With a mixture of defiance and bravado, Impossible Foods’ CEO Pat Brown recently challenged anyone questioning his decision to use American GMO soy beans in his flagship product, the Impossible Burger Version 2.0. Citing constraints on the availability of organic soy and noting the manufactured consensus on the safety of GMO foods, Pat Brown basically asserted that anyone who questioned his decisions is a fear mongering Luddite.
All of these health and safety arguments are also made within the context of Brown’s larger quest, and that’s to rid the world of the greatest threat in his mind to humanity (and his bottom line) : beef cattle or, more colloquially, cows. The health arguments, though germane, really miss the larger issue with GMO technology as it’s currently practiced today. Herbicide resistant GMO’s help to perpetuate very destructive industrial monocrop conventional and no-till agriculture practices reliant upon agro-chemicals for weed and pest control as well as for fertility. So it’s very ironic that Pat Brown tries to position his ultra-processed analog based on environmental concerns.
Would you like the glyphosate Impossible Burger or the 2-4D version?
(Sidebar: as noted in this video just below, practically 100% of soy grown in the US is sprayed with glyphosate. Glyphosate is a chelator meaning it binds minerals. It’s also an antibiotic so it changes the composition of both the soil biome and the gut microbiomes of animals including humans).
Though oblivious vegans across the globe quickly retort, “But, at least, no animals were killed!” Well, that is except for the birds, voles, moles, foxes, badgers and everything else in the entire ecosystem along with all of the life in the soil food web. Guess the “Ecocide Burger” didn’t test well in the early marketing tests with consumers. So, in reality, Impossible Foods’ stated concerns about the environment are really nothing more than a well orchestrated PR campaign. The whole premise that no-till soy with herbicide burn downs is somehow more soil and climate friendly is something of a bad joke when you understand the adverse impact that herbicides like glyphosate have on mycorrhizal fungi (soils with high fungi to bacteria ratios store a lot more carbon). Green washing aside, the obvious goal is to use cheap, price depressed (due to tariff wars) US soy beans to have even higher profit margins on these Ecocide Burgers for his billionaire, celebrity, and venture capitalists investors. Farmers aren’t making much money off of this facsimile.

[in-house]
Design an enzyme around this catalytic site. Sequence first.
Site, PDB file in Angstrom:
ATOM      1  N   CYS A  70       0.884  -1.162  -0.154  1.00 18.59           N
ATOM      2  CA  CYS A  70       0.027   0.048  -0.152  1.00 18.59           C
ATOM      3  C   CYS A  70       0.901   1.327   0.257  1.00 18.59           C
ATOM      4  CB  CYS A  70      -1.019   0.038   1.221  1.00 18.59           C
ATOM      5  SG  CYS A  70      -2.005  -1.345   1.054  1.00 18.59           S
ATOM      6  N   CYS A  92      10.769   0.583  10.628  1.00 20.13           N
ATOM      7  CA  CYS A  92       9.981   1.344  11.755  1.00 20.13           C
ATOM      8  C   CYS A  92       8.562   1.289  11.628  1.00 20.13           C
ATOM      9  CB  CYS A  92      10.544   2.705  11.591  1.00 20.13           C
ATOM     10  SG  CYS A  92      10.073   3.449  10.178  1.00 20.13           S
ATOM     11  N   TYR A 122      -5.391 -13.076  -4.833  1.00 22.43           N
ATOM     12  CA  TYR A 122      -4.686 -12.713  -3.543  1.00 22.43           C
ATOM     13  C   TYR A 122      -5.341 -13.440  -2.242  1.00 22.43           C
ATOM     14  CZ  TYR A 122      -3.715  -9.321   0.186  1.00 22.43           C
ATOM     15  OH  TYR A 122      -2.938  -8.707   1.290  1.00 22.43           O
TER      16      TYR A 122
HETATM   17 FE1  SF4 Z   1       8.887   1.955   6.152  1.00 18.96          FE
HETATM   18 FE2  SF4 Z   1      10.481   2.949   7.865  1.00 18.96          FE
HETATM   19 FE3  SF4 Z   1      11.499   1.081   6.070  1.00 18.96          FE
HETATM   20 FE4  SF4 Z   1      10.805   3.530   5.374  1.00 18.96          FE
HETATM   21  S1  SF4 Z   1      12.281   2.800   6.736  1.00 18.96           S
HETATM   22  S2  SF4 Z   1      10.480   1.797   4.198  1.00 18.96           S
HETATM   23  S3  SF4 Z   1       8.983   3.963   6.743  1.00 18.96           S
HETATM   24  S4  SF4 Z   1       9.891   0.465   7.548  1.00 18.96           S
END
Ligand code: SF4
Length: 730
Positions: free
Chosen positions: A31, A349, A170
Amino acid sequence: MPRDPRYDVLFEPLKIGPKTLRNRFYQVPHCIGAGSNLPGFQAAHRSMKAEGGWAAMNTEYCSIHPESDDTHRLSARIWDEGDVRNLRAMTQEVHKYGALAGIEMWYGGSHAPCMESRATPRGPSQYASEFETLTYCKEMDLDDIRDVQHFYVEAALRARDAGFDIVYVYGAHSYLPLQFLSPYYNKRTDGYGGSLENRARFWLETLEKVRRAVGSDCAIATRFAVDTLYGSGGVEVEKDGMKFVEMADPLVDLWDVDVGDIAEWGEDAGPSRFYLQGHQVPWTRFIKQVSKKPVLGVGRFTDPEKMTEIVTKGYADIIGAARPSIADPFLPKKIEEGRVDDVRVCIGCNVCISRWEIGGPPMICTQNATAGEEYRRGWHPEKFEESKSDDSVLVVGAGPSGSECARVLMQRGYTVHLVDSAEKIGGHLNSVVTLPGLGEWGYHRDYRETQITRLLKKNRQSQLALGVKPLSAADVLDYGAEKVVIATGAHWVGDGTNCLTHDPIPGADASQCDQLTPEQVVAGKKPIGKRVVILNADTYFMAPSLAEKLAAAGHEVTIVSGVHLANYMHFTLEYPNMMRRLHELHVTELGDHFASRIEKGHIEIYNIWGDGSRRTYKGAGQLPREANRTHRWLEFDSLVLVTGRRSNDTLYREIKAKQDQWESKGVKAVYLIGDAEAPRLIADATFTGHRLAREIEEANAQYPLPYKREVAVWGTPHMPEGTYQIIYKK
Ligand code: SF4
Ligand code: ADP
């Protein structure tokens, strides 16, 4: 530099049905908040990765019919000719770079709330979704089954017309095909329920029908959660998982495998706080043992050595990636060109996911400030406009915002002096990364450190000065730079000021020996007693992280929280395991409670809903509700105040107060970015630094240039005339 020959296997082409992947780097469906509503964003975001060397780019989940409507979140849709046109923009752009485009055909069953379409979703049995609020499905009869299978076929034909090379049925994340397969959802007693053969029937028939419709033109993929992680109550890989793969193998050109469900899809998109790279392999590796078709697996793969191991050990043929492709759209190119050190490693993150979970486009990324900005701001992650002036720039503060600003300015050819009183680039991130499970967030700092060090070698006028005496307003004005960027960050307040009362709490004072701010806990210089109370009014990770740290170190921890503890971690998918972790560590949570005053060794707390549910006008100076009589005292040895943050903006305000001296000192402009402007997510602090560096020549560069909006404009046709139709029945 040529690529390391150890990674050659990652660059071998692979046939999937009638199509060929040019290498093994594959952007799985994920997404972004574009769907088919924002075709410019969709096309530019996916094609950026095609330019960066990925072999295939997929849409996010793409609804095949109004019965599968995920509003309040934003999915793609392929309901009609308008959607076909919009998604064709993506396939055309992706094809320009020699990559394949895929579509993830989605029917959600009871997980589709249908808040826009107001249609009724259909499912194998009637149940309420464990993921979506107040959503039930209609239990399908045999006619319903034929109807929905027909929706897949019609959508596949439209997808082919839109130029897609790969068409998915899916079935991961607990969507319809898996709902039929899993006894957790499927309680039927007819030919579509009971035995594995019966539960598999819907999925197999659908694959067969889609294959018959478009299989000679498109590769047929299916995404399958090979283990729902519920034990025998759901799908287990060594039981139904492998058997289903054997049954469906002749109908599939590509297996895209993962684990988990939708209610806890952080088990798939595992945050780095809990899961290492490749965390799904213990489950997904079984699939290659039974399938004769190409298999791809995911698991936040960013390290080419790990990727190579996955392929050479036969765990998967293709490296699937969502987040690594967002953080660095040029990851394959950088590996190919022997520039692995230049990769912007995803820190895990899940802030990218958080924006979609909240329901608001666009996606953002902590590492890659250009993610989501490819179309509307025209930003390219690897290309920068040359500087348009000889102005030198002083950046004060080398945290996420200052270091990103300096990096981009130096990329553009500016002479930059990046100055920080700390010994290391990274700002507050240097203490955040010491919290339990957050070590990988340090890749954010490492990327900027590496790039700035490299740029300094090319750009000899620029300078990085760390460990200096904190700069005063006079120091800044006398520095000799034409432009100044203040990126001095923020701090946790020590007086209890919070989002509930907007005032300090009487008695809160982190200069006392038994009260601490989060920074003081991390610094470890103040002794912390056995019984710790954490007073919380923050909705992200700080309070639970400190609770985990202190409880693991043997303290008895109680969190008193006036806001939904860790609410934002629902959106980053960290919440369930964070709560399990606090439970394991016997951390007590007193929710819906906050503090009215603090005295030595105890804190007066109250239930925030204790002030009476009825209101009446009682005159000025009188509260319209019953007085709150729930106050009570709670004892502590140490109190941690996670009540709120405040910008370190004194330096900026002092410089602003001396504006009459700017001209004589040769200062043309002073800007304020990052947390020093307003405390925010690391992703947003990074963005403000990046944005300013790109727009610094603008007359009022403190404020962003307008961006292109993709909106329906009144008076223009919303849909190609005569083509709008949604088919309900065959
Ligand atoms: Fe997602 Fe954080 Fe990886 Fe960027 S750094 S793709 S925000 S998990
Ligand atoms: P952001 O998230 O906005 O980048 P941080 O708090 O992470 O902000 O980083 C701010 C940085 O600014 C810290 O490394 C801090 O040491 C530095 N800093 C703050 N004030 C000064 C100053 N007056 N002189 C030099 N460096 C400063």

Soy is also a very phosphate extractive crop. In healthy soils, mycorrhizal fungi help plants obtain phosphate. But in unhealthy soils, phosphate has to be added. Added phosphate also adversely impact the soil’s “gut” including reducing the amount of nodules needed for nitrogen fixation. Phosphate also is mined. It’s a finite source. Plus is contains toxic contaminants like cadmium that accumulate in soils.
As for food safety concerns, given the imprecision of nutritional science as a whole, claims for or against safety really can’t be made. There are simply too many confounding variables. This is especially true with GMO’s since even imprecise epidemiological studies can’t be done because people don’t know what they’re eating. So, in reality we’re all just guinea pigs. Meanwhile rates of autoimmune and brain degenerative diseases soar along with cancer and diabetes. Probably the last thing people should do if they’re truly concerned about their health is eat ultra-processed foods with novel proteins in them like the Impossible Burger. Though like any good vegan or Seventh Day Adventist, Pat Brown blames red meat for all that ails our health and the health of the environment today. Pat has probably watched Cowspiracy, at least, ten times. Wouldn’t also be surprised if he helped finance the making of this mockumentary.
Impossible Foods whole PR and marketing strategy is to demonize the food, beef, it’s trying to replace. To that end, Pat Brown cites the long list of arguments made by everyone else trying to replace beef burgers with plant based analogs or cultured stem cell proteins. He cites and exaggerates statistics related to feed efficiency, land use, water use, green house gases and relative risk. Though these supporting statistics are tricky. As Twain said, “there are lies, damn lies, and statistics” On the surface such numbers can seem damning, but when examined in more detail, these figures aren’t really that damning at all.